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I have a video with 2 audio tracks.

After using the following command line the other audio track is gone

ffmpeg -i "movie.mkv" -i "subtitles.ass" -c:v copy -c:a copy -c:s copy "movie with subtitles.mkv"

What am I doing wrong?

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  • try to add mapping: ffmpeg -i "movie.mkv" -i "subtitles.ass" -map 0 -map 1 -c copy "movie with subtitles.mkv" Aug 26, 2023 at 6:05

1 Answer 1

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If you don't use the -map options, then by ffmpeg Documentation :

ffmpeg will pick one stream, when available, from among all the inputs.

It means that it selects only one video stream, only one audio stream, and only one subtitle stream (by criteria listed in that doc).

So you have to use -map option:

ffmpeg -i movie.mkv -i subtitles.ass -map 0:v -c copy -map 0:a -c copy -map 1:s -c copy "movie with subtitles.mkv"

The detailed explanation:

ffmpeg -i movie.mkv -i subtitles.ass ...

Input files are introduced with -i options, and are enumerated from 0, so

  • movie.mkv has the number 0,
  • subtitles.ass has the number 1.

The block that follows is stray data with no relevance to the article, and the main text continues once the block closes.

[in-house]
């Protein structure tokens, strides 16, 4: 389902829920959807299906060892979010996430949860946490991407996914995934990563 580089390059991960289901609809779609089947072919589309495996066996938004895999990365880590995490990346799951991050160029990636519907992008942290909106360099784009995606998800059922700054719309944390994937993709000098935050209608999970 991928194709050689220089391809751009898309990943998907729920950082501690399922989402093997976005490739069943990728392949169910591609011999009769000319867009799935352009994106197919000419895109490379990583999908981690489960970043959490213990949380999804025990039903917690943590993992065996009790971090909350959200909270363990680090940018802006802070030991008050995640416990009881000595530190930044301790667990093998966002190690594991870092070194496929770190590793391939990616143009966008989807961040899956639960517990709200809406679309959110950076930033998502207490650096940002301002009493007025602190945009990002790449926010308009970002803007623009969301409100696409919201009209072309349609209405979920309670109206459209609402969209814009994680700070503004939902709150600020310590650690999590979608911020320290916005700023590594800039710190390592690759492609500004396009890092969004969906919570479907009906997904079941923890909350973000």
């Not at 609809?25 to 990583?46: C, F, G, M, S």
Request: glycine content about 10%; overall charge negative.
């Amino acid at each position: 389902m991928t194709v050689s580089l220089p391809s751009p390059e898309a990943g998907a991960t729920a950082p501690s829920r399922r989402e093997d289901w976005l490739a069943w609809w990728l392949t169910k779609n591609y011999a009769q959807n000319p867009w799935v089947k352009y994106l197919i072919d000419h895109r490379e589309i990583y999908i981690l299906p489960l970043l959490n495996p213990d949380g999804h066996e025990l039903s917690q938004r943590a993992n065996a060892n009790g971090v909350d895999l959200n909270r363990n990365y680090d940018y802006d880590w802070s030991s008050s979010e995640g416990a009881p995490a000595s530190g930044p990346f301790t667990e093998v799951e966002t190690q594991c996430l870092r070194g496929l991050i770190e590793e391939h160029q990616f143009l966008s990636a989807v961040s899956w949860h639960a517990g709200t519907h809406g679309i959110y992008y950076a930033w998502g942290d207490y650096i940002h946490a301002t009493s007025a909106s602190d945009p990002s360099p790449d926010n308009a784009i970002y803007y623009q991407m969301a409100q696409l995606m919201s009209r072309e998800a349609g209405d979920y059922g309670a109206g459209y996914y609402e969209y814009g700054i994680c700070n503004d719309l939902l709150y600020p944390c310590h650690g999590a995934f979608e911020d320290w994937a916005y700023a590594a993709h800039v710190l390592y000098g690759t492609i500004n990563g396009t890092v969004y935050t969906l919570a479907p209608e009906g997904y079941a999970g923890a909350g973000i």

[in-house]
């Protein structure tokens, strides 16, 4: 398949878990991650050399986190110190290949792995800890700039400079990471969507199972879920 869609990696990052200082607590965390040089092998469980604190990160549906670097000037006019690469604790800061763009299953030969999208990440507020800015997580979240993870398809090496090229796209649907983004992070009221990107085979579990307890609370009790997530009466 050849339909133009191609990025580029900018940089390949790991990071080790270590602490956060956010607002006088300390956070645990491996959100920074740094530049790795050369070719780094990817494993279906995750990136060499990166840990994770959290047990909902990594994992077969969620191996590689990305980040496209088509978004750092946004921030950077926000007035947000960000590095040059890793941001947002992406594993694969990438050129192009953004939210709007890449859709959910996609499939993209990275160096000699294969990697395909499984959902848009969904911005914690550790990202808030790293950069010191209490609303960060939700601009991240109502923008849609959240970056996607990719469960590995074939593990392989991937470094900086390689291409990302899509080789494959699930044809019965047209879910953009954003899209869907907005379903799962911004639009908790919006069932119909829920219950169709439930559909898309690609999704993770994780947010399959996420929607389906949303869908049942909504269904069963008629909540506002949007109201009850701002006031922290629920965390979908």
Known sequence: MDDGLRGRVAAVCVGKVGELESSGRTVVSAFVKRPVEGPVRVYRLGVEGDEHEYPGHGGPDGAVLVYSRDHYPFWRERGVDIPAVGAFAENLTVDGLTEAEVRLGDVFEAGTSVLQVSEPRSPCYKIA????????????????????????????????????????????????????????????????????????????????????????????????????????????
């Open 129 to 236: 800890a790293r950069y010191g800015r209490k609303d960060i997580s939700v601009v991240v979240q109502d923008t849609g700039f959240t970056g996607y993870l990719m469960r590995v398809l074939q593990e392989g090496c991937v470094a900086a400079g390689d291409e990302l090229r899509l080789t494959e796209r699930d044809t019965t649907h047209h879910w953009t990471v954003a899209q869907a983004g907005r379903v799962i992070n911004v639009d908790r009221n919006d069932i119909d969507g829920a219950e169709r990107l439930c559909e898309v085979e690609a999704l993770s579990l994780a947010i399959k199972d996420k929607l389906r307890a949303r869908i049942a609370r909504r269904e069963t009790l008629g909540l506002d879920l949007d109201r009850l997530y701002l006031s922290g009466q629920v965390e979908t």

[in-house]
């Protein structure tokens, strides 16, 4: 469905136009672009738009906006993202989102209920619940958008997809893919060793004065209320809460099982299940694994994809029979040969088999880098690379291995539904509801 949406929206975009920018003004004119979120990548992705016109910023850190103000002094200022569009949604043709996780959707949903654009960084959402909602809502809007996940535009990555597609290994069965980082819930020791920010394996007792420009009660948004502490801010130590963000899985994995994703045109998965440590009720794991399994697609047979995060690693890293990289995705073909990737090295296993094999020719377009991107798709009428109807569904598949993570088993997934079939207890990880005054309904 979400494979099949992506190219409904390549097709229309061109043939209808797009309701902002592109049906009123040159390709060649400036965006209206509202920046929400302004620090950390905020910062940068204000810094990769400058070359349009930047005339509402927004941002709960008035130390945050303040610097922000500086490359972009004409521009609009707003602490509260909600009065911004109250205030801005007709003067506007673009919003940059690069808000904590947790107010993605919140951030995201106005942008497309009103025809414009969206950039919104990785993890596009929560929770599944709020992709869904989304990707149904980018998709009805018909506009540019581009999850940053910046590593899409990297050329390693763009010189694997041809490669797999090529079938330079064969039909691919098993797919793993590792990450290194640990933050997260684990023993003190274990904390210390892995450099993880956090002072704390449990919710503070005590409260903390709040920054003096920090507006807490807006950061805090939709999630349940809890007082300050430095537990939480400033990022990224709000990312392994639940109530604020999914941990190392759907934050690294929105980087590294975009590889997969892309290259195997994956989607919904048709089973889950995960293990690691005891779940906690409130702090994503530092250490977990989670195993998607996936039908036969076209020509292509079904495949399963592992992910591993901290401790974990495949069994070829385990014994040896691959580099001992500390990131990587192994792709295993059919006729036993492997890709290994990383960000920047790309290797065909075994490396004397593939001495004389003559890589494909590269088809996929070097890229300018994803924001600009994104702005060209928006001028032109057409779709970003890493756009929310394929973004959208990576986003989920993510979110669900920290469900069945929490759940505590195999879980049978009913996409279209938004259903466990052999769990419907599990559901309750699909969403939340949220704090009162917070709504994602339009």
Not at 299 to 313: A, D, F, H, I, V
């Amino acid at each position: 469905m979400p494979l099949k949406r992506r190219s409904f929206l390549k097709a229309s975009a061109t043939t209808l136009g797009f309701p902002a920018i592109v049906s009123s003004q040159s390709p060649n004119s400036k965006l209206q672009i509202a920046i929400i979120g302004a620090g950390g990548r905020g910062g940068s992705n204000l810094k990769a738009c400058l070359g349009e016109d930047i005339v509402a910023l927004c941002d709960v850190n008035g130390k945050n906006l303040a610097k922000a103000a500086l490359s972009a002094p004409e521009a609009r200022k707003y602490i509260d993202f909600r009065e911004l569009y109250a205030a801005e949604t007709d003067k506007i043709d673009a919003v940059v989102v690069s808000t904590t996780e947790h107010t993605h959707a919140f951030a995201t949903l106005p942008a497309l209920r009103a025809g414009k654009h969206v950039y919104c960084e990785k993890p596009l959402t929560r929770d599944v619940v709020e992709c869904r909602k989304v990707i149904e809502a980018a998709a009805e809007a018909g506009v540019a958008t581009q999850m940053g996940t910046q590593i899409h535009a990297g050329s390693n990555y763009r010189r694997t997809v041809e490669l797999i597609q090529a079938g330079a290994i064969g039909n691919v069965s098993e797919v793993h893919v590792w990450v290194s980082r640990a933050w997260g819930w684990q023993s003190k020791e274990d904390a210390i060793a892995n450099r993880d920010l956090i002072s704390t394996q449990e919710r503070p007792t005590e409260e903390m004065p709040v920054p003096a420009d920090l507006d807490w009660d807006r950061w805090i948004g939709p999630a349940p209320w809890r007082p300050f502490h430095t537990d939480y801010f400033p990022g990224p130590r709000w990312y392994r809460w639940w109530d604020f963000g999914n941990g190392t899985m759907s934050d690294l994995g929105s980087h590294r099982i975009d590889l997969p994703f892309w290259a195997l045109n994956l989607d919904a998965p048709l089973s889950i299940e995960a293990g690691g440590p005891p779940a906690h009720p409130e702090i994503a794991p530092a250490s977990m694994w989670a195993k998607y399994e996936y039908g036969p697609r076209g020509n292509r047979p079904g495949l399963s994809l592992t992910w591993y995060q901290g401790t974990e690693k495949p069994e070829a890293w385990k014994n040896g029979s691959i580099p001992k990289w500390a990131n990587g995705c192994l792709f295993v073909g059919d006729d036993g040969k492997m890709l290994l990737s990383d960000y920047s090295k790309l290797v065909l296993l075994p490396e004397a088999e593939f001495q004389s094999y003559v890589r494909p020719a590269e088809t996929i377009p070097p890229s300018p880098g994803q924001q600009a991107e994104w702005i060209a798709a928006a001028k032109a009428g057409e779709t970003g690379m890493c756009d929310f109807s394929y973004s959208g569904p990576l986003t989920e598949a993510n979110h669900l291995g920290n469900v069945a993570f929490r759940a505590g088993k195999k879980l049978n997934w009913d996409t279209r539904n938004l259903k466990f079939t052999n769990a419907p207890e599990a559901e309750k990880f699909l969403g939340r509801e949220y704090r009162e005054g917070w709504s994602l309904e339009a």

This number is the first one in every -map option:

... -map 0:v -map 0:a:0 - map 0:a:1 -map 1:s ...

After the semicolon (:) may be the stream specifier, in your case:

  • v for video stream
  • a for audio stream
  • s for subtitle stream

If there is only one video stream or only one audio stream or only one subtitle stream in a particular input file, there is nothing more to specify:

... -map 0:v ... -map 1:s ...

In your more complicated case with more audio streams, after another semicolon you may specify its ordinal number, enumerated again from 0:

... -map 0:a:0 -map 0:a:1 ...

or – in your case - you my simply omit ordinal number to select all audio streams:

... -map 0:a ...

Note:

The offered command may be further simplified.

To better understand stream specifiers (as e.g. 0:a:1), see my another answer – at least the picture near the end of it.

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